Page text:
Thursday, August 18, 2011

Tom Coburn: Gun-control Moderate

Sen. Tom Coburn is catching flac for having said "It's just a good thing I can't pack a gun on the Senate floor," as if there was something inflammatory (or explosive?) about that kind of talk.   No flac from me.  No; I'm impresssed that Coburn has done something that the serious gun nuts will never do, ever.  He's actually acknowledged that there may be some limit to second-amendment rights.

I have often wondered how far the "arms" part of the "right to bear arms" extends.  The proton pack?  Slimerizer?  A fully configured nuclear submarine?  I don't recall that I've ever heard the gun nuts ever admit to any limit of any sort.   It's a bit like the Republicans who won't entertain the possibility of a ten-to-one ratio of cuts to taxes.  You get the sense they'd say the same thing to 100 to one, or 1,000 to one or--anyway,  Coburn has done the unthinkable in suggesting as to weapons, there might actually be a limit.

Of course, Coburn didn't go so far as to say say that he actually approved of a limit on the packing of Senatorial heat.  And why should he?  Is there anything in the second amendment that that actually says a senator should not be allowed to carry his gat, his persuader, his rod, his piece into the chamber if he damn well pleases?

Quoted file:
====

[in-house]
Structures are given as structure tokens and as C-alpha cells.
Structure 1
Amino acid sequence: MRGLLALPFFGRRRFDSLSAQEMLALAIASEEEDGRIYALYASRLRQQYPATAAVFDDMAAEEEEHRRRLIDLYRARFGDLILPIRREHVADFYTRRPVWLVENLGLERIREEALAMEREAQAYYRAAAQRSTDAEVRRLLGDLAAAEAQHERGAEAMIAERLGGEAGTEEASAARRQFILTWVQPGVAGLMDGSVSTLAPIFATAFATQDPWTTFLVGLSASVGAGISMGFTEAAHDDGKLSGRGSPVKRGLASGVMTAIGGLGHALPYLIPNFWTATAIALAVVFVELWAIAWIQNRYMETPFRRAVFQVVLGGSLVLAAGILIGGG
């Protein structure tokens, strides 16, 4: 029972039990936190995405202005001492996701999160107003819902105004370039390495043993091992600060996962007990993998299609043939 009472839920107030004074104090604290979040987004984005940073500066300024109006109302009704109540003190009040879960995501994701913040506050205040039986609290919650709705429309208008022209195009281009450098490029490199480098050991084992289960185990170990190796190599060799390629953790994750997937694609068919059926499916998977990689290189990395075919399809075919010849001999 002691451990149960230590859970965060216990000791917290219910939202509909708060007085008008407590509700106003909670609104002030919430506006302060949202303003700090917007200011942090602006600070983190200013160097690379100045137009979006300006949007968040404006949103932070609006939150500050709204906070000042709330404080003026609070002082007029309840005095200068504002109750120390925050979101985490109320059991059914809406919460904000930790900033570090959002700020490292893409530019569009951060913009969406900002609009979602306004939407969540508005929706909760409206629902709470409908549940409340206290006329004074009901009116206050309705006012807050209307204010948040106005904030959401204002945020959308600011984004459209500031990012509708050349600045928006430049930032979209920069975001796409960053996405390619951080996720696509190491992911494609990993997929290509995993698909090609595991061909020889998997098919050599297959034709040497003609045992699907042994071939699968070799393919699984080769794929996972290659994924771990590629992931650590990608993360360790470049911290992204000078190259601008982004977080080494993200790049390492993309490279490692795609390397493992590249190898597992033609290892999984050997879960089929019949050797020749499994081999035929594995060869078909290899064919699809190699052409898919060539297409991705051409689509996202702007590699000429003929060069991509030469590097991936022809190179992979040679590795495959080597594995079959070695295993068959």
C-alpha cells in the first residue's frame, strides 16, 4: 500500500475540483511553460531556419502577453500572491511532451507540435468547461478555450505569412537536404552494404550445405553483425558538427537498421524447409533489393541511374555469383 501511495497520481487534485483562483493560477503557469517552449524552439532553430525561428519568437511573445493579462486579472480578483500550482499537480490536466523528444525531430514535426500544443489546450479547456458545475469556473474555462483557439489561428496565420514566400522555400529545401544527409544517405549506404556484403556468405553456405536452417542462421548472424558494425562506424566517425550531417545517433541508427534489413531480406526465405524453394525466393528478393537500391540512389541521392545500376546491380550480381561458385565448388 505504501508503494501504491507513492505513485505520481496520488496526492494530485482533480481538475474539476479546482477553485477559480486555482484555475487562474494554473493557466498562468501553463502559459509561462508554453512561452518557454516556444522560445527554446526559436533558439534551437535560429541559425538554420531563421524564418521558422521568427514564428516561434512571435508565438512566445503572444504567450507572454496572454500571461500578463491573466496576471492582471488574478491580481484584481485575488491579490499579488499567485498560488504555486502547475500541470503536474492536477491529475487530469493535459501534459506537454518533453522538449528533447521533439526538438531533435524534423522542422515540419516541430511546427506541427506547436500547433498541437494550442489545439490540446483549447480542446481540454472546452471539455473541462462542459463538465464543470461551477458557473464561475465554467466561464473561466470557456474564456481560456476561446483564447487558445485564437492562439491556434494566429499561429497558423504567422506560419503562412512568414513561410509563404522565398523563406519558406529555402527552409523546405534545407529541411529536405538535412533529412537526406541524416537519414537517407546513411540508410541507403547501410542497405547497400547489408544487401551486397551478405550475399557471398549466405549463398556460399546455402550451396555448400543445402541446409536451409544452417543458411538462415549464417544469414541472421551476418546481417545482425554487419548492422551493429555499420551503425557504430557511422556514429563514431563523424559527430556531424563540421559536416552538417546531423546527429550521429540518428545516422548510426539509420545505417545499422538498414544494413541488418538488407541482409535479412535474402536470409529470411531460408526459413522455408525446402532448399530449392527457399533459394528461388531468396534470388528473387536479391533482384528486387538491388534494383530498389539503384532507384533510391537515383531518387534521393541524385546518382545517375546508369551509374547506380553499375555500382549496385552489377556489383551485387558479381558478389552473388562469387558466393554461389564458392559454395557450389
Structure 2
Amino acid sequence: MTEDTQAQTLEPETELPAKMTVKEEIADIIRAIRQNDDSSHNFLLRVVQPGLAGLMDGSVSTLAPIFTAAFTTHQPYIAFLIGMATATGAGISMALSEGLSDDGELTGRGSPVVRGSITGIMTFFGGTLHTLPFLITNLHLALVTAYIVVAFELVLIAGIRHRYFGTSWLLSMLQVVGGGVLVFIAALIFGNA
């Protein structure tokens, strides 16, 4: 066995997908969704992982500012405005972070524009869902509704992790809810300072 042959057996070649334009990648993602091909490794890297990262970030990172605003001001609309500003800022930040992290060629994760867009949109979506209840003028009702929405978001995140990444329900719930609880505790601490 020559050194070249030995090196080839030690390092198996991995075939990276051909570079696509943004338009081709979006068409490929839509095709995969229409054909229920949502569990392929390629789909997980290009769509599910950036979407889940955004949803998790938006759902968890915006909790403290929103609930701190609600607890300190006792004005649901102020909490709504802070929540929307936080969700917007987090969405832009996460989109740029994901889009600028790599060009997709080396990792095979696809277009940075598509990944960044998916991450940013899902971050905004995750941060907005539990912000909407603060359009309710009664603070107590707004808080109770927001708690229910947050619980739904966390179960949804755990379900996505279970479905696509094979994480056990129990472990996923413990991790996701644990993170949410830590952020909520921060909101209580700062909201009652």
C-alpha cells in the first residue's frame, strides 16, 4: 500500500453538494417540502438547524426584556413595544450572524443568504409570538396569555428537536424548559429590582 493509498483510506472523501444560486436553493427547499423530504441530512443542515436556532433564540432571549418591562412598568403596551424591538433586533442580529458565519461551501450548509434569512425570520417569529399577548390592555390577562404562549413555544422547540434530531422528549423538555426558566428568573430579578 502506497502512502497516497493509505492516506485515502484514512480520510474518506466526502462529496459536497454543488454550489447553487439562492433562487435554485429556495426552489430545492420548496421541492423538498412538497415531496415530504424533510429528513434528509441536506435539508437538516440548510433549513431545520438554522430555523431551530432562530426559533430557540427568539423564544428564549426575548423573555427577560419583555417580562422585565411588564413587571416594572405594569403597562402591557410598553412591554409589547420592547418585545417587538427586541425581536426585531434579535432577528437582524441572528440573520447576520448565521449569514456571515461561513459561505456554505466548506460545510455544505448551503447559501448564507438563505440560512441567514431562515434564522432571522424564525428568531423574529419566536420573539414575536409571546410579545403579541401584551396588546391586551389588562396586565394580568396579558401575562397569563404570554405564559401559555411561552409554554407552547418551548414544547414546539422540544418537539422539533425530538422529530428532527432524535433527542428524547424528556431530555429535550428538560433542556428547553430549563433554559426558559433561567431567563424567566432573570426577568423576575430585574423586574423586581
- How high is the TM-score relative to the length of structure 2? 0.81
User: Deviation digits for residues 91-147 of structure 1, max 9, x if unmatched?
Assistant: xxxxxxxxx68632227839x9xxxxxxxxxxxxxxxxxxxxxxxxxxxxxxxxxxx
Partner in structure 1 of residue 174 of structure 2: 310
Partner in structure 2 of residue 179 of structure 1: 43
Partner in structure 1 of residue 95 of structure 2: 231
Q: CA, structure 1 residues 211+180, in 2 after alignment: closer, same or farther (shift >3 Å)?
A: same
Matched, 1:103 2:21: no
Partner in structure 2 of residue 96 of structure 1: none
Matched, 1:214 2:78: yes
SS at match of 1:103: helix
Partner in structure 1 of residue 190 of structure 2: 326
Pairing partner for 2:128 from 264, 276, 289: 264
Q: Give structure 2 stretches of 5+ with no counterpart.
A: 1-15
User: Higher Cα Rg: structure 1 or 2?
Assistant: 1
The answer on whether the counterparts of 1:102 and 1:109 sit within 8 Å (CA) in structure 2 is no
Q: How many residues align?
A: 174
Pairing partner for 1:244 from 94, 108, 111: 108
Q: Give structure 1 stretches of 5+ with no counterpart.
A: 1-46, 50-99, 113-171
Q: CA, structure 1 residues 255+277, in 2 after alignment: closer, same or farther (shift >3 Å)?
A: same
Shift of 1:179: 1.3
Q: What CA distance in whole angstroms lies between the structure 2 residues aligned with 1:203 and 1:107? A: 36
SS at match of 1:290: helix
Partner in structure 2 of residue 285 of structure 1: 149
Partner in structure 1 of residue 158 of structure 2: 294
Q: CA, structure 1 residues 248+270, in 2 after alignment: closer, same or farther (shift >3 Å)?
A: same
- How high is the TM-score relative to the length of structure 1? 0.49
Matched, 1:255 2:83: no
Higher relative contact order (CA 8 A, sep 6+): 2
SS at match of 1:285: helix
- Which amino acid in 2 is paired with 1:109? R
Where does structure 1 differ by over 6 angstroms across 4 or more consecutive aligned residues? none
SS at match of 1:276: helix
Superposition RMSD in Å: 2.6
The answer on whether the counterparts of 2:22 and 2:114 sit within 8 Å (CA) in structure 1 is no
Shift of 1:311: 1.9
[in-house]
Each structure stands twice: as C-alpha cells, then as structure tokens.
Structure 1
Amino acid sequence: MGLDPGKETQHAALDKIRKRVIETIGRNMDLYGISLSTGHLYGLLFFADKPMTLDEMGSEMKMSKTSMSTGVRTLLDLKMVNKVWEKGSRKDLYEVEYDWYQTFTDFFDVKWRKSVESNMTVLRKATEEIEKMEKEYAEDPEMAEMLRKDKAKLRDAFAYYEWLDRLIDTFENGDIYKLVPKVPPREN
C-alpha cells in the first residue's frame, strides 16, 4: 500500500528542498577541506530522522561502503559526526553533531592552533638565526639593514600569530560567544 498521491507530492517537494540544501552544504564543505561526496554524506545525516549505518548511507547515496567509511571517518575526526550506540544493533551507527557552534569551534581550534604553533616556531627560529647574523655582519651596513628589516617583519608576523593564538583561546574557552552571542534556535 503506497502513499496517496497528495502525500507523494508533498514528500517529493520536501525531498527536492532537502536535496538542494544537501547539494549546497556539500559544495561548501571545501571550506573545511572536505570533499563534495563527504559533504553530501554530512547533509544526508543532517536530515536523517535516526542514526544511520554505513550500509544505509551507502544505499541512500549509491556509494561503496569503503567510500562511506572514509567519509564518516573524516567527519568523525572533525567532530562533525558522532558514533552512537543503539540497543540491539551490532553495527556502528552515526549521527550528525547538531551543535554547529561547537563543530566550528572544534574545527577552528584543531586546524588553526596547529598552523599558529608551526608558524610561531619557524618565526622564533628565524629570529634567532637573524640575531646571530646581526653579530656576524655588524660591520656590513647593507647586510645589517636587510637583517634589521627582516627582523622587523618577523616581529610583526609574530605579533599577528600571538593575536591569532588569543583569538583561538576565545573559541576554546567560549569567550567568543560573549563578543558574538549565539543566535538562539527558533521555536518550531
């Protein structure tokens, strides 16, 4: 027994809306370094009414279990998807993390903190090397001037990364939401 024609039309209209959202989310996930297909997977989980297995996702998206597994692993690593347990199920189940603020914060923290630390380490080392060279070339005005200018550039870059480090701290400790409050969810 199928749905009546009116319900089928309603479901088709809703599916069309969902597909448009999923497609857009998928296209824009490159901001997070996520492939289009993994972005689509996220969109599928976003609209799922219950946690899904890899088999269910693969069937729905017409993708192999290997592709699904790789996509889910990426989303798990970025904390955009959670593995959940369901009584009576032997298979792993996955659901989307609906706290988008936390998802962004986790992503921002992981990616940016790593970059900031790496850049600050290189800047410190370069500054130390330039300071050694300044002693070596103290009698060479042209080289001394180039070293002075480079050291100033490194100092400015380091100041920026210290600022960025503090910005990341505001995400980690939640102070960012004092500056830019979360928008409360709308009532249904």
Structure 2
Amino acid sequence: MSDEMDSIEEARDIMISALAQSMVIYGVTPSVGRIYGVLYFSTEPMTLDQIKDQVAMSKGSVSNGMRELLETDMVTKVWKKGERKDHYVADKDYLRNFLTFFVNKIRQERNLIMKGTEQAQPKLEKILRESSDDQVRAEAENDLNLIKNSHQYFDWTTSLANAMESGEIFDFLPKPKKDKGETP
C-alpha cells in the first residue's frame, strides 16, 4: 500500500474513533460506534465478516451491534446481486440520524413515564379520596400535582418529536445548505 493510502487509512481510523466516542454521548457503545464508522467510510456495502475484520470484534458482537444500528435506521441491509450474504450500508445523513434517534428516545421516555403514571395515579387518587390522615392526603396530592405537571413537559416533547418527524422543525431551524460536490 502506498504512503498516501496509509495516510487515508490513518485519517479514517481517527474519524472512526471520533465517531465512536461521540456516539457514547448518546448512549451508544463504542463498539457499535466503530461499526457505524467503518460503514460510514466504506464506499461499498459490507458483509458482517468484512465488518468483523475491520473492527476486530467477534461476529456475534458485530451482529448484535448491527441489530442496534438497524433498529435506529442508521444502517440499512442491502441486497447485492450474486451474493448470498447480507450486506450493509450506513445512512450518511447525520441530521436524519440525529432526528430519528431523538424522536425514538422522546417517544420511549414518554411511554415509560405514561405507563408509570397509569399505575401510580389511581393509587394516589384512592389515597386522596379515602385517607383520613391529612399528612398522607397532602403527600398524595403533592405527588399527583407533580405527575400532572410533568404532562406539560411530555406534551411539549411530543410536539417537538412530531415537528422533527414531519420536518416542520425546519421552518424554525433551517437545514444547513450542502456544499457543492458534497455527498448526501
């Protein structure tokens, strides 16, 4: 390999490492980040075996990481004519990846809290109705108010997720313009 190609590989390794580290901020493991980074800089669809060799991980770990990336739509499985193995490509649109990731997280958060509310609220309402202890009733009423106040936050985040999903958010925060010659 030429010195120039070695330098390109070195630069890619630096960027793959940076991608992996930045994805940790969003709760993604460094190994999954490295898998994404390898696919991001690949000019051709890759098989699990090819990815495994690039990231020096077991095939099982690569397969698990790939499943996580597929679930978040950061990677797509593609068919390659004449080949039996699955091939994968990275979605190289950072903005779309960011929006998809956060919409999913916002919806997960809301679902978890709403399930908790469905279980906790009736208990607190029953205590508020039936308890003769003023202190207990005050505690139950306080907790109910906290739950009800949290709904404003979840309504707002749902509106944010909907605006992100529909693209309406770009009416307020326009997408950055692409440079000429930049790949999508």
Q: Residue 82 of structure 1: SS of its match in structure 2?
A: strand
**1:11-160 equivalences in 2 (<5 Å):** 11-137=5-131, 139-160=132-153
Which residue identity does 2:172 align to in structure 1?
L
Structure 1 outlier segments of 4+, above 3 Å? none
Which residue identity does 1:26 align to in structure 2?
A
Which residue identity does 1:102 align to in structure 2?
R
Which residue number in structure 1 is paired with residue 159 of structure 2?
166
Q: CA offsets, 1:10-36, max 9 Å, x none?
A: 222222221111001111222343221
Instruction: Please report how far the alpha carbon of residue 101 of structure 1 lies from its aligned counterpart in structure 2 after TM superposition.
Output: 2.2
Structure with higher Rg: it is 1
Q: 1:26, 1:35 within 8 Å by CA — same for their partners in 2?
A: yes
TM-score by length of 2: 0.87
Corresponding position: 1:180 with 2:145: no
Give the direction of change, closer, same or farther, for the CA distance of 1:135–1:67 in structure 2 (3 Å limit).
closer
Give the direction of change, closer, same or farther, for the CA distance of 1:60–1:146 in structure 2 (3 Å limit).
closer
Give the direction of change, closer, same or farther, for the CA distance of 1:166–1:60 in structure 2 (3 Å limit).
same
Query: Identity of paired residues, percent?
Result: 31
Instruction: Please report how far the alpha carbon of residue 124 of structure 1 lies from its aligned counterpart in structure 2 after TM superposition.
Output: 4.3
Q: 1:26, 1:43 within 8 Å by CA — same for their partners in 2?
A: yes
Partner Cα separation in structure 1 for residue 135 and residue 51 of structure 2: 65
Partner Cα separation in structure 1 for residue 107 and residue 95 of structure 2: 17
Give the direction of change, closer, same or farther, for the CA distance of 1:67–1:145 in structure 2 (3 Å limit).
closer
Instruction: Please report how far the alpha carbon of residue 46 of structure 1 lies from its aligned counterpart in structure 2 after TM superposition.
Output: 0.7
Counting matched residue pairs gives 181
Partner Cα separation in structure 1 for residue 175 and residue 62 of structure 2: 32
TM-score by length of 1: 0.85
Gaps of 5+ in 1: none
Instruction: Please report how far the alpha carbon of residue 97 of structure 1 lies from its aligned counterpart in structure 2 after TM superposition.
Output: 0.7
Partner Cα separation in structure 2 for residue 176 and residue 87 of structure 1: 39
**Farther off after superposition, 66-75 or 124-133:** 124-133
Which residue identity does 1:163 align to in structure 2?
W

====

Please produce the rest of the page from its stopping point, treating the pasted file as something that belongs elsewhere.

I suppose the nearest thing to a good argument you could advance is from pre-Constitutional tradition: as I recall the conventional definition of the "aisle" in a legislative chamber is that it should be wide enough that swords cannot reach across it.  I suppose we could adapt the same principle to modern times by letting the Republicans sit in Virginia, the Democrats in  Maryland.  Or, if we are using fully configured proton packs, maybe New Jersey.


marcel said...

Well, canes traditionally have been permitted. At least they were in 1856.

New York Crank said...
This comment has been removed by the author.
New York Crank said...

I wonder if some Coburn fan would be good enough to please – oh please! – try carrying a gun into the U.S. Supreme Court, which put the latest hard-and-fast spin on the "right to bear arms."

I think a lawyer arguing a case before the Supremes with a loaded shotgun on the table in front of him and a pistol on his belt would alter the court's interpretation of the Second Amendment faster than you can say "strict construction."

Yours very crankily,
The New York Crank